Deloitte’s report suggests that brands, “…make it a point to create experiences worth sharing in order to capitalize on the enormous exposure these platforms provide.”

Start with customer experience to succeed

It’s not possible to design and promote experiences that break through apathy or to cleverly leverage technologies and platforms to boost loyalty unless you can clearly imagine the ideal customer experience.

Using that knowledge to make decisions will ensure a cohesive customer journey where marketing promises are consistently met or exceeded in unique ways that resonate with your customers and deliver excellent hospitality experiences.

About the Author

Josh Alston

A former news hound, editor and roaming reporter for News Corp Australia for 12 years, Josh is now a freelance copywriter covering politics, innovation, technology, health, science and financial services, among other topics.

From Subway to BEKYA, with a little help from Coca Cola Amatil

Restaurant Bekya Sydney Middle Eastern Food

Mel Hearse talks to Wally Mostafa, co-founder and part-owner of restaurant BEKYA Middle Eastern Foods, about his transition from franchisee to restaurateur.

Whilst still in the franchisee business, Wally Mostafa owns one Subway restaurant and he’s made the switch to opening and running his own restaurant—BEKYA Middle Eastern Food.

BEKYA has started out strong and is already a popular eatery that’s housed in the Tramsheds Harold Park—which has recently undergone a transformation into a European-inspired food hall hosting 18 retailers and providores. He and his partners also have another two BEKYA restaurants: one in the Gateway food court, and the original outlet situated in the Greenhouse at Centennial Park.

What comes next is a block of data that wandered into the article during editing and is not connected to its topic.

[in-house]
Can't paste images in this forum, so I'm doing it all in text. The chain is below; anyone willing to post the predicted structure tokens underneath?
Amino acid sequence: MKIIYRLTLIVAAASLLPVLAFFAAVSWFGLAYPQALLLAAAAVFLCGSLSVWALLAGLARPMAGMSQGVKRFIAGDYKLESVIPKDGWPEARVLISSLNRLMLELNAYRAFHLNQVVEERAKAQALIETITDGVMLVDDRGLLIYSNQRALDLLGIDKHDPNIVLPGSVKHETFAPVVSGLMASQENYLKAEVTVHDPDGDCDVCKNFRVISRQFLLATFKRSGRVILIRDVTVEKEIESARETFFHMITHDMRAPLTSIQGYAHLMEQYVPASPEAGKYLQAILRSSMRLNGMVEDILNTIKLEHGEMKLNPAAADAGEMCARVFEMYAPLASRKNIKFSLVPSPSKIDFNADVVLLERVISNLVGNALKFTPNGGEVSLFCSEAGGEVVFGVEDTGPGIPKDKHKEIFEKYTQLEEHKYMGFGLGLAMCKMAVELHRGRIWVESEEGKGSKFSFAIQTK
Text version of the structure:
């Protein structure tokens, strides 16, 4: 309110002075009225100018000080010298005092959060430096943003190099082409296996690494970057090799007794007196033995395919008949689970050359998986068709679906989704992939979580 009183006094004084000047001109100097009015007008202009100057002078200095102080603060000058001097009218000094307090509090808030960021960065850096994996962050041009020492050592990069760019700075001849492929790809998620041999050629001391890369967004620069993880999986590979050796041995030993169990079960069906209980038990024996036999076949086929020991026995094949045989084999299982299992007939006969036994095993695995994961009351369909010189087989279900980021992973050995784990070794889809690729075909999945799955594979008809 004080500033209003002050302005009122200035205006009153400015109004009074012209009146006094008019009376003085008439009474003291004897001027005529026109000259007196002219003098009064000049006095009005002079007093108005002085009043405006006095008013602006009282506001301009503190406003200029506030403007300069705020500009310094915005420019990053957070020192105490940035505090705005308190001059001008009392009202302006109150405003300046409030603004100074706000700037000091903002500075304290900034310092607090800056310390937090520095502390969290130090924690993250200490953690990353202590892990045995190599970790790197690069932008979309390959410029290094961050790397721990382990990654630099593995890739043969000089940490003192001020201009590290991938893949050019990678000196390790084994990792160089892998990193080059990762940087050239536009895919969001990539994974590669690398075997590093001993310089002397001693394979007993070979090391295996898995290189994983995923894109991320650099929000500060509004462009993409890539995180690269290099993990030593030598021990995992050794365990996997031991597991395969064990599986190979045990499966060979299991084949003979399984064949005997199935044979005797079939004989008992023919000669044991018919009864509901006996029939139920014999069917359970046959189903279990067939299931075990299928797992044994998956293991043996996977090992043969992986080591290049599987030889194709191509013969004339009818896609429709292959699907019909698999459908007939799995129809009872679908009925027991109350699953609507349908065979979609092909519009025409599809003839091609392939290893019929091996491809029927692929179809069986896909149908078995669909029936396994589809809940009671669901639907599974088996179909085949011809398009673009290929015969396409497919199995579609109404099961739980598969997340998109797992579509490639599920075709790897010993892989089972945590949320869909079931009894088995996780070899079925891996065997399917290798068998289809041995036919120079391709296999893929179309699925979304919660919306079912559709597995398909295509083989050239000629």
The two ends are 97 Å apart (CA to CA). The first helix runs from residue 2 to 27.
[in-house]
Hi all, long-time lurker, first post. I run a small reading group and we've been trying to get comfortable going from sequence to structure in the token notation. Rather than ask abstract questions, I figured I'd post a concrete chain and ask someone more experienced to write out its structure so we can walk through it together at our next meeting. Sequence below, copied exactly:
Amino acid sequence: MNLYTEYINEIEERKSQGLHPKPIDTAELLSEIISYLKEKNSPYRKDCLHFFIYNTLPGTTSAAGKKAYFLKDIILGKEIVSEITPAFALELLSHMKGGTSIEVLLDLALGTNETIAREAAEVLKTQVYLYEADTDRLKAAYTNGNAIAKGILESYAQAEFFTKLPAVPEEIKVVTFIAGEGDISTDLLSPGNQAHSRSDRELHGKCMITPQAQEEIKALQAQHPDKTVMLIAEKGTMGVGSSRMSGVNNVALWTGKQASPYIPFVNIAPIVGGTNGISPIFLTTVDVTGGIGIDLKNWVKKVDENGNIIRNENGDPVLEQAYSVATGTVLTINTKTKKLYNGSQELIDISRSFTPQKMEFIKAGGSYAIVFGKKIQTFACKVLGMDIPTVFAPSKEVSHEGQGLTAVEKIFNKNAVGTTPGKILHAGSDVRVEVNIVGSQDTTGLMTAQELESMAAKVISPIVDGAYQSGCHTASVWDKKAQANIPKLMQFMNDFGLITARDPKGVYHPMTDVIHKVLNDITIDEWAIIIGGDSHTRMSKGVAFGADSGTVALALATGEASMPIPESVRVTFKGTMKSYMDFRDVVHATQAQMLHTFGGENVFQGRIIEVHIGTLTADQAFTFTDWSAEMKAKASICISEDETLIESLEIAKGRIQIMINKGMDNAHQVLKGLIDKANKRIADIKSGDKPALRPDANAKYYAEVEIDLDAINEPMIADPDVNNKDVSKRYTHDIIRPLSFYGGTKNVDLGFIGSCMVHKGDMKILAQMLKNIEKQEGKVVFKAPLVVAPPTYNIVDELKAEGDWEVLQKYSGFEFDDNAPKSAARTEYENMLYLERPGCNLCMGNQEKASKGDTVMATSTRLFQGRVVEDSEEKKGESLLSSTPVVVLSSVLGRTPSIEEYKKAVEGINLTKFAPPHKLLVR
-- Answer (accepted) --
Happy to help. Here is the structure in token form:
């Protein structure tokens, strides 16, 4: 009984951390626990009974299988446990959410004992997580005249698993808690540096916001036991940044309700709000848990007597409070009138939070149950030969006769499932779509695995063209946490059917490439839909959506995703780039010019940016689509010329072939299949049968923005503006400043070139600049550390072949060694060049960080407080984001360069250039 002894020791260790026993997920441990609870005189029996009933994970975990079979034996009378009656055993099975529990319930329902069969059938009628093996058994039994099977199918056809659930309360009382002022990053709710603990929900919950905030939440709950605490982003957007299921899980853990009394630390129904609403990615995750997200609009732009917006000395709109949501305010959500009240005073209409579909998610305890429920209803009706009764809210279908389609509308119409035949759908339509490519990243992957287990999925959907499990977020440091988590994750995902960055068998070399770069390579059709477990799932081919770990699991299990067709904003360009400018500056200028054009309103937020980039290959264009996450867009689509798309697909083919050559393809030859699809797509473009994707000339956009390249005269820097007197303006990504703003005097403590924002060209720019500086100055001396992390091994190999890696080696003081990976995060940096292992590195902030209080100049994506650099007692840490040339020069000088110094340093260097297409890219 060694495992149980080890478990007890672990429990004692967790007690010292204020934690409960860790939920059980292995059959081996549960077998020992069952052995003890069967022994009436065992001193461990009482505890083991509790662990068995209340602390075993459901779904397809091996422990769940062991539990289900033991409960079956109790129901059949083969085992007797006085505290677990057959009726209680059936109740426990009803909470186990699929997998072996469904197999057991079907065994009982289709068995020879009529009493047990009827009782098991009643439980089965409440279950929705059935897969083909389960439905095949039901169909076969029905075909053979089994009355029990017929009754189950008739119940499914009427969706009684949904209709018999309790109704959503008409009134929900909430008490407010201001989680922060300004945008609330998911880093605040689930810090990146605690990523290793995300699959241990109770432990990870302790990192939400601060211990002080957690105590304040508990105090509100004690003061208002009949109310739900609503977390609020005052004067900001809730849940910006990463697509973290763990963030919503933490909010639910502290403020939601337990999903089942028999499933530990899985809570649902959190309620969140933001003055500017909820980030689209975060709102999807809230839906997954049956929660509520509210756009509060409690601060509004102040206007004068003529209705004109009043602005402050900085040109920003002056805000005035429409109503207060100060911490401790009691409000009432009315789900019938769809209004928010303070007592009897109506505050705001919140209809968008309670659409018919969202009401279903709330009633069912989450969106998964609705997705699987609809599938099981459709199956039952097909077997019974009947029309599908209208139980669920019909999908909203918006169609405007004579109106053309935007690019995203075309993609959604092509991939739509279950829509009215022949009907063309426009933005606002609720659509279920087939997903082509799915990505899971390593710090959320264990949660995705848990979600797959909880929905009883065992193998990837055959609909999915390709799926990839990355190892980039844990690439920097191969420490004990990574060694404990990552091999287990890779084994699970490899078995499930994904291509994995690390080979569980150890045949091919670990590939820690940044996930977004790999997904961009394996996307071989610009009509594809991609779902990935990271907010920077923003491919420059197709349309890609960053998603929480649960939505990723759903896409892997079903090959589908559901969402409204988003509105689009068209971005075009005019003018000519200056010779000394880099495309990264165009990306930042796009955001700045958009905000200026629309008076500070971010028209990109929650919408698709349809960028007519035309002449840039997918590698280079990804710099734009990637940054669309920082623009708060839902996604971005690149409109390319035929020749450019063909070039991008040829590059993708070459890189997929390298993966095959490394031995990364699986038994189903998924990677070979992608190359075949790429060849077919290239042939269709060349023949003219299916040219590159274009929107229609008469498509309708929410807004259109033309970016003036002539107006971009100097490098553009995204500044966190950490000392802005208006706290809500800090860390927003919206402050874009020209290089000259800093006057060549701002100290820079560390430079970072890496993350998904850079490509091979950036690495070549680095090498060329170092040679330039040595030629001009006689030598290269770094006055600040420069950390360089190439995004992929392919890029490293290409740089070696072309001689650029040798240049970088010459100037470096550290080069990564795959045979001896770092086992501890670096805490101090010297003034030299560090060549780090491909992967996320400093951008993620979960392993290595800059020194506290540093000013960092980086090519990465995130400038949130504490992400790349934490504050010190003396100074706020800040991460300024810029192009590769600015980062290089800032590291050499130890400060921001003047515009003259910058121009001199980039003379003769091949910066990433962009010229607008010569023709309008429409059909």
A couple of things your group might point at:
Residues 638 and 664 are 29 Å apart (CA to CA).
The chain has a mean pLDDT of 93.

The concept is straightforward: BEKYA prides itself on fresh, tasty and handmade middle eastern goodies.

“We use family recipes and strictly local fresh ingredients,” Wally says. “Our food techniques include pickling, slow cooking meats, home-made Egyptian flatbreads and a variety of spice mixes.”

Their space has been carefully designed with an open layout, to encourage an environment of sharing a meal—an old, honoured tradition and an expression of hospitality.

Opening the popular middle eastern eateries has involved a sometimes-steep learning curve. That said, Wally says his experiences with Subway—including his established relationship with Coca-Cola Amatil—has made for a somewhat less bumpy ride.

“Funnily enough, my Coca-Cola representative from my Subway restaurants is now the area manager where BEKYA is located, so we already know each other,” he says

“They’ve actually provided invaluable help with our set up—from helping with the bar design to recommending and supplying our beverages at the restaurant.”